Those not enamored of Claire’s Corner Copia’s vegetarian offerings might be surprised by proprietors Claire and Frank Criscuolo’s new restaurant. They maintained one of their old operating principles: The food is made with organic or sustainable ingredients from local farms. But they also made one big change by choosing to offer food that — as they told INFO New Haven, a tourism guide to the city — is “not vegetarian, not kosher and not alcohol-free.”
Meat and alcohol being two things that are very dear to this reviewer, I was excited to see what these two veteran restaurateurs could do with these new weapons in their arsenal at their new venture, Basta Trattoria.
The atmosphere at Basta, located adjacent to Claire’s on Chapel Street, is simultaneously bustling and cozy. Even on a Monday night, the restaurant’s tables were pretty much full by six p.m., but the acoustics are good and one is easily able to hear one’s dinner companion without being forced to listen to someone else’s. The kitchen is partially open, creating an almost homey feel.
The decor is reserved and charming with the sole exception of a painted ceiling depicting, in increasing order of nauseousness, a neon blue sky with sickly looking clouds, one pair of chubby cherubim and one pair of chubby cherubic buttocks. The other problem at Basta is that every time the door to the street opens, every patron in the restaurant’s small dining area is hit by an icy blast of wind that quickly reminds every diner that he is not under the Tuscan sun.
The cuisine, as the wait staff will cheerfully and knowledgeably explain, is southern Italian, and southern Italian cuisine, as almost any food lover will tell you, is delicious.
The “piccoli piatti” or small plates range from the self-explanatory grilled jumbo shrimp on a rosemary skewer ($9) to the intriguing ricotta di’ Natale ($8), which, as the menu explains, is “hand-packed ricotta cheese, lightly toasted shaved almonds and berries, drizzled with Italian chestnut honey.”
As good as this sounded, I was in the mood for something a little less sweet, so I opted for the calamari fritti with two sauces ($9). These golden-brown little rings are peppery and delicious. Your waiter will assure you that they are so good because they are fried in organic sunflower oil. I assure you that I don’t care what they fry them in, so long as they keep it up. You can’t go wrong with either of the titular sauces, a creamy, tangy lemon aioli and a spicy, chunky marinara.
The pasta dishes are even more impressive than the starters. The penne arrabbiata ($14) is penne pasta served in a spicy sauce made with peppers and red wine. The flavors of tomatoes and basil come through clearly, followed quickly by the heat of cherry peppers.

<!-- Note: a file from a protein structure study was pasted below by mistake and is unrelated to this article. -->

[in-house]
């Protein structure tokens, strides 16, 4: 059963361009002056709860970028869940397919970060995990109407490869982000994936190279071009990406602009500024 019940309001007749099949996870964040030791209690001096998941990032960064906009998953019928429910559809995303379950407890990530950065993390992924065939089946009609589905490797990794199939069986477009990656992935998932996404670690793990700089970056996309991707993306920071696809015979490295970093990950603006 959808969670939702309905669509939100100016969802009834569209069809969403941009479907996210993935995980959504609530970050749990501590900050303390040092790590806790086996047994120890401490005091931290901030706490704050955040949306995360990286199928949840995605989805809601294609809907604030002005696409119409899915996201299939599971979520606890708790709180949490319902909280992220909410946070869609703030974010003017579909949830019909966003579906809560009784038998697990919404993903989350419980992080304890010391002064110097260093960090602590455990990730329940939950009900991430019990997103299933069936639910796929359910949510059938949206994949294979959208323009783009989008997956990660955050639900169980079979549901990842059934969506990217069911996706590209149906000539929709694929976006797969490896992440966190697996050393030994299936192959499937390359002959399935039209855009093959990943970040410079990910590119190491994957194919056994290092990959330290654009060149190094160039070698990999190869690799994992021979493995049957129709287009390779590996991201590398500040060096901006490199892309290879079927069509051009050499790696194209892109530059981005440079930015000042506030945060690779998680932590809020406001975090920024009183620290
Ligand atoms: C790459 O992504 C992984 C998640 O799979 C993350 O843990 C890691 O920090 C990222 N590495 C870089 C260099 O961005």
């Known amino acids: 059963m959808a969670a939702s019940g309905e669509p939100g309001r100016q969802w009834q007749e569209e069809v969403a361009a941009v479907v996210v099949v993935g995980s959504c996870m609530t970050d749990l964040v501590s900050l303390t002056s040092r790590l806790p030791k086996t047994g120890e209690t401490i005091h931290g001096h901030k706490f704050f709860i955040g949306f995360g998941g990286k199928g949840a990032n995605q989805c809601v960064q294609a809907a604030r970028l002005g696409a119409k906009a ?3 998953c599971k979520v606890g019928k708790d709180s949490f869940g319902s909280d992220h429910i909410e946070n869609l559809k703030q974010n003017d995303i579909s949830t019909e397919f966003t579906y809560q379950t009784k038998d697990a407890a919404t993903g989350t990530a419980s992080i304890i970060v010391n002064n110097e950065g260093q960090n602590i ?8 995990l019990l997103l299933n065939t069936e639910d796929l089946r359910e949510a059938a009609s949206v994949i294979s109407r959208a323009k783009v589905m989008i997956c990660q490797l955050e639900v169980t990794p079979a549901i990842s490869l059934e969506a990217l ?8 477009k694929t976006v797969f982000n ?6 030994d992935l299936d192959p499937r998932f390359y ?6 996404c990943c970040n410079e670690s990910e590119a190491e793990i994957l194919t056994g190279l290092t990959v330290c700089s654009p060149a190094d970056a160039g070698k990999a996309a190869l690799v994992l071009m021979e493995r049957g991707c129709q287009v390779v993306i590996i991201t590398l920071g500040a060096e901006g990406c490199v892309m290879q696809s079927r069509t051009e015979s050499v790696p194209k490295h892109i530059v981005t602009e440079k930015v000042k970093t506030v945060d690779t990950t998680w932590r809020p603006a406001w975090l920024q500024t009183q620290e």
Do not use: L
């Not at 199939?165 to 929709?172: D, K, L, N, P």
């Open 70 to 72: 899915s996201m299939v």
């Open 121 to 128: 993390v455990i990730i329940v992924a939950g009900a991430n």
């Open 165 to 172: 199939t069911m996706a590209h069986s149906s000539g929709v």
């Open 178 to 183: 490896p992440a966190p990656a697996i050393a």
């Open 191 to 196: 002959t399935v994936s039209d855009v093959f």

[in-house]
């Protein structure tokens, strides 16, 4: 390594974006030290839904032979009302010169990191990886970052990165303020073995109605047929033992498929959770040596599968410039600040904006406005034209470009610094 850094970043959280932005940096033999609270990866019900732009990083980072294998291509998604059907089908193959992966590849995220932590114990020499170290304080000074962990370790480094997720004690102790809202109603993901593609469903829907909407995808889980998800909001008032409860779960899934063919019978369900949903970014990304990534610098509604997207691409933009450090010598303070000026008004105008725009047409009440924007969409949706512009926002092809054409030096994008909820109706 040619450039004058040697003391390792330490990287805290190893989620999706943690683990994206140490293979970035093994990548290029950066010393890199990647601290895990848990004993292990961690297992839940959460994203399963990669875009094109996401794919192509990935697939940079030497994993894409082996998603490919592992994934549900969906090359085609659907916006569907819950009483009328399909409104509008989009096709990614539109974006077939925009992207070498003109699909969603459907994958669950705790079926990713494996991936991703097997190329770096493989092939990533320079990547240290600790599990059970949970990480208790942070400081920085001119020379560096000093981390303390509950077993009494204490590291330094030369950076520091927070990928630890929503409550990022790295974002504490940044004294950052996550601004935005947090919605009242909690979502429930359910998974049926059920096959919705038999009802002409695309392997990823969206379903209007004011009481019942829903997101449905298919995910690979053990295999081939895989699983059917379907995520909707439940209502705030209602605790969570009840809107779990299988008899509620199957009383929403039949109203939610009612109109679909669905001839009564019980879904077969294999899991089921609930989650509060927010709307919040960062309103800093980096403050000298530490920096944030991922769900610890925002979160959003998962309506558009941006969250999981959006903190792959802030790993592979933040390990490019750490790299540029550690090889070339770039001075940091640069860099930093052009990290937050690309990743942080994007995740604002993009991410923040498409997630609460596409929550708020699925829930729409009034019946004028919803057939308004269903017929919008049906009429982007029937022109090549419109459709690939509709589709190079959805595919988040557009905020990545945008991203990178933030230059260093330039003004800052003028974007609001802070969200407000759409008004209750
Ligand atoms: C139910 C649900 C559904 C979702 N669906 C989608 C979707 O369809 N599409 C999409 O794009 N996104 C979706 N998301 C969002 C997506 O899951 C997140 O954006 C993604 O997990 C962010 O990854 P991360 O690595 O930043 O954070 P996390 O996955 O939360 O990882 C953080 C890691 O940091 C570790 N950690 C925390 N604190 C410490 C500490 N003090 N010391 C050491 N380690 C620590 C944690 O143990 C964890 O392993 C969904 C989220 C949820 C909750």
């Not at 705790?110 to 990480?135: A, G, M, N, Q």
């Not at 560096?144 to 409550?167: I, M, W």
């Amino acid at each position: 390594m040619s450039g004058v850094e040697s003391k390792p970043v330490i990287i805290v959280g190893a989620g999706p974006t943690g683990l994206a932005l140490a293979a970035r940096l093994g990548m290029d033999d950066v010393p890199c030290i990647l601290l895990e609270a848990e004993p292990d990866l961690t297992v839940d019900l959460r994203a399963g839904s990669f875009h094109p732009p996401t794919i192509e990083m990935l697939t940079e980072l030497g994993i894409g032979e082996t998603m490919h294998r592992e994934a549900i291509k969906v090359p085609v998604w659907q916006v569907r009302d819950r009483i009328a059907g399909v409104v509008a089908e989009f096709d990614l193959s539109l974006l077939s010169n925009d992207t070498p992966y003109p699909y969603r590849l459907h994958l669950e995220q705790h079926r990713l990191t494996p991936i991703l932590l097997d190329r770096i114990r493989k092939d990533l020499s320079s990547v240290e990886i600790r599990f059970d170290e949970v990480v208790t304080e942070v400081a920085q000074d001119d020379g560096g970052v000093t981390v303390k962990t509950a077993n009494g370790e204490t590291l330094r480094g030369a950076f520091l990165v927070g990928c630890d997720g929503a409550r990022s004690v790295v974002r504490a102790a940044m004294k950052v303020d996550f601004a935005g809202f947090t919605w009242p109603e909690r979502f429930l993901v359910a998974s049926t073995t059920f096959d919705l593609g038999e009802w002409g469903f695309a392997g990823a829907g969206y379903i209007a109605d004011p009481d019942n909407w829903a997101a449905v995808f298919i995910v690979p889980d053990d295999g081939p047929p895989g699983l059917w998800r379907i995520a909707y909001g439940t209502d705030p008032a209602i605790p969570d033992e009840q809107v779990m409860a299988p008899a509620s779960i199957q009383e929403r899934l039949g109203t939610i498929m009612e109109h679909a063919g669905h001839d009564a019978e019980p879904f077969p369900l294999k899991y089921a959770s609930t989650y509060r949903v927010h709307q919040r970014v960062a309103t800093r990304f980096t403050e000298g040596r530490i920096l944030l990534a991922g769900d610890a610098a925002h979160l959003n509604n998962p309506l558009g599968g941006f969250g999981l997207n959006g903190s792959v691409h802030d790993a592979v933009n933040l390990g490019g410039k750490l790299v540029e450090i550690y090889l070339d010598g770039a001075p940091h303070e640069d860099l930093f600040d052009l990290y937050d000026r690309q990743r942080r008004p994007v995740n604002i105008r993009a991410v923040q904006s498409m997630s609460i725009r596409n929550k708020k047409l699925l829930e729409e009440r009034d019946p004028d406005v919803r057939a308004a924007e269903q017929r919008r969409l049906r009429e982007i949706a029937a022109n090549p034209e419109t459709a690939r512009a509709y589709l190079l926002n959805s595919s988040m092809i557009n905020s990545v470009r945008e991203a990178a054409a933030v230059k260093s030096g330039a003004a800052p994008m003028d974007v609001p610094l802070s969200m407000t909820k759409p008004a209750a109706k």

Even better, however, is the farfalle funghi ($16). As the menu matter-of-factly explains, bowtie pasta is tossed in a “light sauce of button, cremini and portobello mushrooms; prosciutto; cream; and white wine.” They apparently neglected to include in this list whatever magic powder the chef adds to make this dish so delectable. Perhaps revealing the secret was prohibited in his pact with the devil. The mushrooms are terrific, and the prosciutto is good enough to eat on its own. Many white sauces are far too rich and heavy, but this one is light and airy, which enabled me to eat almost all of it. Don’t miss this dish.
Prices are a bit steep and rise quickly when you start looking at the meat and fish dishes ($22-$28). Portions, however, are quite generous, and I will be impressed if you leave hungry. There are always a number of daily specials, and the printed menu is subject to change based on the availability of fresh ingredients. In addition, Basta plans to change its menu seasonally and may eventually expand it to include other regions of Italy.
On my visit, the wait staff was friendly, helpful and efficient, and I have been told that the chef will sometimes come out and chat up the customers.
Basta is Italian for “enough,” but Basta Trattoria is more than enough. It’s a little too expensive for the usual Thursday night meal with friends, but it’s perfect for a dinner with family or a date. Upscale but unpretentious, Basta surpasses Scoozi and La Piazza, finally providing downtown with a respectable Italian restaurant.
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